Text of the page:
‘Faith, Hope and Love’ Part 21
“Hello, Marian,” said Julia, a nurse who was becoming familiar with my routines. “He’s doing well today. We don’t usually allow two visitors at once, but I’ll see if it’s all right.” She tiptoed quietly ahead of me and came up nodding gently, “Yes, that’s fine…” She indicated a second chair by Arthur’s bed, and it was only then I realized a young man was sitting opposite with his head bent forward, the back of his neck exposed. He looked collapsed in on himself, but perhaps he was only resting. I went up and put my arm out over his shoulder.
“Hello,” I whispered, looking down at the seated figure. He startled awake, his eyes widening. I recognized his features, unmistakably those of his father, pale and angular. A face with the same dark eyes, a familiar, startled grin…
“Yes,” he coughed. “Ah, yes, I’m James, Jamie.” he stumbled, caught out.
“Your father has talked about you often.” I soothed. As I sat, I let the silence hold us both.
We blurted together, “Your father–” “Dad–”
“I was trying – trying to telephone. I had something I needed to tell him, but there was no reply. The voicemail was full and I knew something was wrong. I just knew. I got the bus up. He wasn’t home, so eventually I started knocking on doors. A neighbour opposite told me that he’d been taken to hospital. I’ve been here a couple of hours…”
“Well, it is wonderful to meet you at last.” I considered. “If you need a place to stay for a while, I live next door to your dad…” I let the suggestion rest.
“You wouldn’t mind?” The tilt of his voice, the way it floated and then broke on the last syllable, threatened tears. I patted his knee.
“I would be delighted.” So easily, we fell into each other’s company, and by the time we left the hospital, it almost felt as if I’d known him for years. I could anticipate his moves, which surprised him, and delighted me.
“Could I stay, maybe, until I know more about….?”
“Yes, of course.” Perhaps I was too willing, too eager to please. But this young man had come a long way, and it would be foolish to be stand-offish.
“You can have the spare room. Look, we’d better get a move on, because Elaine – my daughter – will be home soon. Her father – my husband – was killed – two years ago.”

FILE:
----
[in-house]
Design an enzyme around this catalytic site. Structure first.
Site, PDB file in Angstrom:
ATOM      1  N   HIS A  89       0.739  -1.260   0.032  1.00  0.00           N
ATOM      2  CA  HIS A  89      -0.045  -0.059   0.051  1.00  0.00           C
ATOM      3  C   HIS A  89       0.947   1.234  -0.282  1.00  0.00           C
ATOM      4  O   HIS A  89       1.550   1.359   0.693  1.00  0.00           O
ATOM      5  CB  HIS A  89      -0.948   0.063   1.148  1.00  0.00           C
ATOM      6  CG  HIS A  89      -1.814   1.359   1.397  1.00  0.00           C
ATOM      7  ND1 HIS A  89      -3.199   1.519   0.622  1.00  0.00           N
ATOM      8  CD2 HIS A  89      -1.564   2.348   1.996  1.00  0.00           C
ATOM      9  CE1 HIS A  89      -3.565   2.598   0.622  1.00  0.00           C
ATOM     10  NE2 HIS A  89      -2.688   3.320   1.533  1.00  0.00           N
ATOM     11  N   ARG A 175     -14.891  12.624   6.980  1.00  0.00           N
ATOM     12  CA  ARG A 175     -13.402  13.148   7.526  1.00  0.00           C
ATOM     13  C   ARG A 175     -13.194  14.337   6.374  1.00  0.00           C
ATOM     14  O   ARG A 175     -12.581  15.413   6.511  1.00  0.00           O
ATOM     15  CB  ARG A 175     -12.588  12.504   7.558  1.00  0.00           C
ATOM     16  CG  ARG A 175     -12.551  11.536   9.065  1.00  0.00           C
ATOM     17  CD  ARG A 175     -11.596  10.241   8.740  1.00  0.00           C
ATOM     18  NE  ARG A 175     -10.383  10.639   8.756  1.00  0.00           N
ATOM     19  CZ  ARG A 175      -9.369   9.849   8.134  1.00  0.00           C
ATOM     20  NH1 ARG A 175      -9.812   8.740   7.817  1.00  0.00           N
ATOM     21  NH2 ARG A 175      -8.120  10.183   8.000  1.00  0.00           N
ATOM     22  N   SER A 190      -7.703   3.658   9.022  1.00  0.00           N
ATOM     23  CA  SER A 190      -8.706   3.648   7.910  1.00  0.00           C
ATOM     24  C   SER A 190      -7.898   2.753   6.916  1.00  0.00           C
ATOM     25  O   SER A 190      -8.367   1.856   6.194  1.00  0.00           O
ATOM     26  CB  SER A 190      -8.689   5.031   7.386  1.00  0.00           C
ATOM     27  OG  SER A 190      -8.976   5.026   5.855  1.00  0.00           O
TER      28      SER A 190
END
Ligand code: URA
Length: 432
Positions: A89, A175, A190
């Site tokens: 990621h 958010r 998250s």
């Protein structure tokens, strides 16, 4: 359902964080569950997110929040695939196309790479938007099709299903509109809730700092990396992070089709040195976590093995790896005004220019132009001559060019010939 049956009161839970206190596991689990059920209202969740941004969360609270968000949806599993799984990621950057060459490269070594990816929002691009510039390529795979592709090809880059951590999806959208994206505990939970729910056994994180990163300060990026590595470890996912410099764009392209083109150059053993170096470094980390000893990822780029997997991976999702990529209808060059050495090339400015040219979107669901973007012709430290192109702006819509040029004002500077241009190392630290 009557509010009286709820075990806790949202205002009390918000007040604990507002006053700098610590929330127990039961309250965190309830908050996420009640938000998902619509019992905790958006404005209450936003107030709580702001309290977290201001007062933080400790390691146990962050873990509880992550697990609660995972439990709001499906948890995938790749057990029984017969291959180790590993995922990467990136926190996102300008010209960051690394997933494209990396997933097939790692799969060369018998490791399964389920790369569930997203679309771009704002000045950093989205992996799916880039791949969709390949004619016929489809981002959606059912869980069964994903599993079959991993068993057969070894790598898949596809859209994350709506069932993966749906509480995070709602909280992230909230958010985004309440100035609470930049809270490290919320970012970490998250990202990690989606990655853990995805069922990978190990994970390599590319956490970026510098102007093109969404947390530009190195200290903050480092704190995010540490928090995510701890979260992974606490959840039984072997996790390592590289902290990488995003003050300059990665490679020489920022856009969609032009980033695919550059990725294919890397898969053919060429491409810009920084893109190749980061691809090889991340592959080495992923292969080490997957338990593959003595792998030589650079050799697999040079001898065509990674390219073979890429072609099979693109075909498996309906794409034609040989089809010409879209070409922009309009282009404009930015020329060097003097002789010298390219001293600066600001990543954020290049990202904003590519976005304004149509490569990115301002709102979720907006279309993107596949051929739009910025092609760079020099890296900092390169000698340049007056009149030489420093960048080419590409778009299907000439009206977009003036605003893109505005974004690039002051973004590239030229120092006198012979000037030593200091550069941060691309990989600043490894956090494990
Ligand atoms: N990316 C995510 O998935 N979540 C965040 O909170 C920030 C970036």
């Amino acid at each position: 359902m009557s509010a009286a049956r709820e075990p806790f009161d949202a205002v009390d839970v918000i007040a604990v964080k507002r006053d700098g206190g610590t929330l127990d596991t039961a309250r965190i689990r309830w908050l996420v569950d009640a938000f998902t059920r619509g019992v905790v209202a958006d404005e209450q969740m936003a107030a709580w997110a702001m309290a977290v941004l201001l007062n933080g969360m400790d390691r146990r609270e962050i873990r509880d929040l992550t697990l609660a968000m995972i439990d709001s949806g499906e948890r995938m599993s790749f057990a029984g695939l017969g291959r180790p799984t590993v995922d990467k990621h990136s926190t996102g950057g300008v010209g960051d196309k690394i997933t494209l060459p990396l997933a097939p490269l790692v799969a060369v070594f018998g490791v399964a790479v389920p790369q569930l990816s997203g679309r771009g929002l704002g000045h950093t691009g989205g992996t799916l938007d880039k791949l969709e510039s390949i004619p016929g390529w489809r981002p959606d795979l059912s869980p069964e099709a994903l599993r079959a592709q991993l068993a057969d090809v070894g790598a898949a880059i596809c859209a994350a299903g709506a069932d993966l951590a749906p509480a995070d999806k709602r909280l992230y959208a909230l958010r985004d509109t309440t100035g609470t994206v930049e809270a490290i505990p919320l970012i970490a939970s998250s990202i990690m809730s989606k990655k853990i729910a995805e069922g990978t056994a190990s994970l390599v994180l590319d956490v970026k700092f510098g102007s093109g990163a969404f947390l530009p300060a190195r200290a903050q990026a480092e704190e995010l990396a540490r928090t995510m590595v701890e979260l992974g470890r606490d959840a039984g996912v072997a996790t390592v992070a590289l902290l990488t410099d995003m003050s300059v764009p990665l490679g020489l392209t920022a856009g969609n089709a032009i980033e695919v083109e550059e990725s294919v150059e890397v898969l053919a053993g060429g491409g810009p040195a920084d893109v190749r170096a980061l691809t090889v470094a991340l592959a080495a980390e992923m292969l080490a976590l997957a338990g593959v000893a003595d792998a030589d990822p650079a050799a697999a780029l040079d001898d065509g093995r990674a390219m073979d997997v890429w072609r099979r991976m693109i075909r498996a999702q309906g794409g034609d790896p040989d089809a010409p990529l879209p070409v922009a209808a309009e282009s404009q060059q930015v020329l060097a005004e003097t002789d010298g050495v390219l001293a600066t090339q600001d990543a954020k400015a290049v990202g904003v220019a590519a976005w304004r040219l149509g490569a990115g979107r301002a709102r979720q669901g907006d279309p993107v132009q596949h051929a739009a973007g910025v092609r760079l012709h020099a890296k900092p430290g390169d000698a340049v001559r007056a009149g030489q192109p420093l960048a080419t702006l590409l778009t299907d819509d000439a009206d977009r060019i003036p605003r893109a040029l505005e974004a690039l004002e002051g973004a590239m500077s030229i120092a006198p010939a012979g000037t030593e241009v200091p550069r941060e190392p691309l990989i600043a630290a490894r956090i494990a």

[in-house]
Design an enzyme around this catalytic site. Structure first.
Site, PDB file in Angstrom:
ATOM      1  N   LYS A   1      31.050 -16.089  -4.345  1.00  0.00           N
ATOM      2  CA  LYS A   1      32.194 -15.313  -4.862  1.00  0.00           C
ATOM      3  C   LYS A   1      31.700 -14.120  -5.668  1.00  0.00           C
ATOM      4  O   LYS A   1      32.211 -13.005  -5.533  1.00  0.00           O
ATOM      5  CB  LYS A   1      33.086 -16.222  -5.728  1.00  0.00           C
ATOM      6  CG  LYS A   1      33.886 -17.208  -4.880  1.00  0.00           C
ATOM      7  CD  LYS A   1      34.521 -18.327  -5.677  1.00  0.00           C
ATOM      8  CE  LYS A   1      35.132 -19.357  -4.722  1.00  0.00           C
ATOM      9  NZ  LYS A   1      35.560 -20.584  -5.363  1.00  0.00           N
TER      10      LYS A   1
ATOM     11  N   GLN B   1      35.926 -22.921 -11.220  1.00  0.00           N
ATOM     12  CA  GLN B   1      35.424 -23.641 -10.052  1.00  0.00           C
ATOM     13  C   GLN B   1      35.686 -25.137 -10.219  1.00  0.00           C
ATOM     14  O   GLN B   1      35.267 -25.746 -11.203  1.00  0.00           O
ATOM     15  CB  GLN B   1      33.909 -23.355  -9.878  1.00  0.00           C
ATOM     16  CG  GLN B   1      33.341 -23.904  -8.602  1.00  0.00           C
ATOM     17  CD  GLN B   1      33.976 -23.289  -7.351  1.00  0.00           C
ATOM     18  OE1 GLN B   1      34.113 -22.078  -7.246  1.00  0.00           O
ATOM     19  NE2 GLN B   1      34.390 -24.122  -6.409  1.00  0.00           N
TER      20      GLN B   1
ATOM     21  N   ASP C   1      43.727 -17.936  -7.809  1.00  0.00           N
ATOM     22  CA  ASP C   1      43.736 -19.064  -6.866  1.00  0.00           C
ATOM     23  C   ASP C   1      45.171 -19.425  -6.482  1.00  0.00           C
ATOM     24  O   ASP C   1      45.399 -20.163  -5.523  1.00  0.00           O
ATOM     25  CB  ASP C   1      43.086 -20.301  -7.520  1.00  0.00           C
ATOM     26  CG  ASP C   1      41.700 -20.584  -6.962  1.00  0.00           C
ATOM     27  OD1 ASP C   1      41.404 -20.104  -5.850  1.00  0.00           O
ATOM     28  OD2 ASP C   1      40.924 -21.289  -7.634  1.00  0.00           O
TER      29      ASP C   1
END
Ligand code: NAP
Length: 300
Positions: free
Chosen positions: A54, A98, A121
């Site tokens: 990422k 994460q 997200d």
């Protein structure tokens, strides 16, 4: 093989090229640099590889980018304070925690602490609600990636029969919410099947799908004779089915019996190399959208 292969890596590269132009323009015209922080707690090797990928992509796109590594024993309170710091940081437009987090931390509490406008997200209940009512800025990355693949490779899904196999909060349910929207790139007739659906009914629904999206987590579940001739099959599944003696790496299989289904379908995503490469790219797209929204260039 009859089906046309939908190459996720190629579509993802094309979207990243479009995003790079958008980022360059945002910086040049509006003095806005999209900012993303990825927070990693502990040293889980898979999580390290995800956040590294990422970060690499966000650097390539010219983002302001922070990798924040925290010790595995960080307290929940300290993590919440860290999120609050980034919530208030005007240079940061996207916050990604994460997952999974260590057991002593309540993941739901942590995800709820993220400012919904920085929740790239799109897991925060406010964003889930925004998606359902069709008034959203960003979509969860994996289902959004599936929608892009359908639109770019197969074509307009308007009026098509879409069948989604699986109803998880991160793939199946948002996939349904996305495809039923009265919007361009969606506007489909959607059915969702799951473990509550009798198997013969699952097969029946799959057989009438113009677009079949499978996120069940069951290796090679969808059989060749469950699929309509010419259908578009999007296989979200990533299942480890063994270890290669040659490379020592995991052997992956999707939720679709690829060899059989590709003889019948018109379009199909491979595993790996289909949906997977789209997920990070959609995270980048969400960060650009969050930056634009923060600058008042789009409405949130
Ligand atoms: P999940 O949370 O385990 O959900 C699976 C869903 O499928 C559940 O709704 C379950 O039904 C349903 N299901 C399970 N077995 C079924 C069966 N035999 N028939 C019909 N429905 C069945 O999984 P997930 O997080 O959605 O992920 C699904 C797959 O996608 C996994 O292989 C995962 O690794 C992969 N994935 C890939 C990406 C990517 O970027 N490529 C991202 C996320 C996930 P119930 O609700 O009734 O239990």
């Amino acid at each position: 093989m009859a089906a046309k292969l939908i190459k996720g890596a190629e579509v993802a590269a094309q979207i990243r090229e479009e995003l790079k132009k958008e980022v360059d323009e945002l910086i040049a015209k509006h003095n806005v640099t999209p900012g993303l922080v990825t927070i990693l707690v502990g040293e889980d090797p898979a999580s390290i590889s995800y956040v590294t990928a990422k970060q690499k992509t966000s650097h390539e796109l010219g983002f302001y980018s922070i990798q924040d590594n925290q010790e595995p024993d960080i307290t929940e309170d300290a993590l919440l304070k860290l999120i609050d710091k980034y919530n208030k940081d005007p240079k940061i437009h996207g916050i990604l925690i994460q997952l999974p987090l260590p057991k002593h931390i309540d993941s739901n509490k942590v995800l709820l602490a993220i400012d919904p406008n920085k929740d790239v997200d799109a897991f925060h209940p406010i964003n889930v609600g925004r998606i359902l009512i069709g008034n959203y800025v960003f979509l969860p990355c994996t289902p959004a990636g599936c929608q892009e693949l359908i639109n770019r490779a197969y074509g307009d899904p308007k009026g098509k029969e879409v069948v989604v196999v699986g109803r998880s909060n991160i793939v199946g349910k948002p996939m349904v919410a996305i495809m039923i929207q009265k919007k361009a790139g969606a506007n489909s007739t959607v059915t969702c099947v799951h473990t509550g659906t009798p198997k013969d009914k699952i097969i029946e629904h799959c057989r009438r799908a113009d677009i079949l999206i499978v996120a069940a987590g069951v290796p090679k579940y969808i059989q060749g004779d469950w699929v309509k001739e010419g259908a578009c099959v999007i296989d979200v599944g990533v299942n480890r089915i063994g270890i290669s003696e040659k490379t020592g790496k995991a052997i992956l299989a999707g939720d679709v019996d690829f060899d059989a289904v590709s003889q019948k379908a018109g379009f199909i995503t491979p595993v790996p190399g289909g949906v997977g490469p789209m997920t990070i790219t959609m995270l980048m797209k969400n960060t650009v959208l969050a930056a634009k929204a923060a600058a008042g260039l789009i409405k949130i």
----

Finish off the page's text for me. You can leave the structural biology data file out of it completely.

That hit me with a pang. Time was passing, life was moving on without my husband and my feelings could go either way. Grief, to be leaving him behind, relief to be living past the nightmare of loss, happiness to find something new to think about, new people to love. Mixed up emotions, threatening to paralyse or break out when I least expected.
The car skidded as my thoughts galloped away, and I had to slow, stop by the side of the road – quick! – before my vision was blinded by useless tears, by shaking anger and sorrow. Quick! I pulled up behind a wide delivery van, turned off the ignition and sat gazing sightlessly out of the window as a huge pain in my stomach threatened. I forgot the boy sitting quietly at my side, and tears just appeared from no-where and coursed down my cheeks as I clutched my sides, rocking painfully back and forth. God, it was so embarrassing, but I could not stop the tremors of emotion, the clench of my throat.
James handed me a handkerchief from his pocket, which I blew into gratefully. Crumpled cloth hankies, warm and slightly stained, always feel reassuring. Knowing that James understood, I stopped crying as suddenly as I had started. Calm again, I wiped my face, cleaned the salt from my glasses, and signalled to re-join the traffic.
In the companionable silence that followed, I recalled that James had something to tell his dad.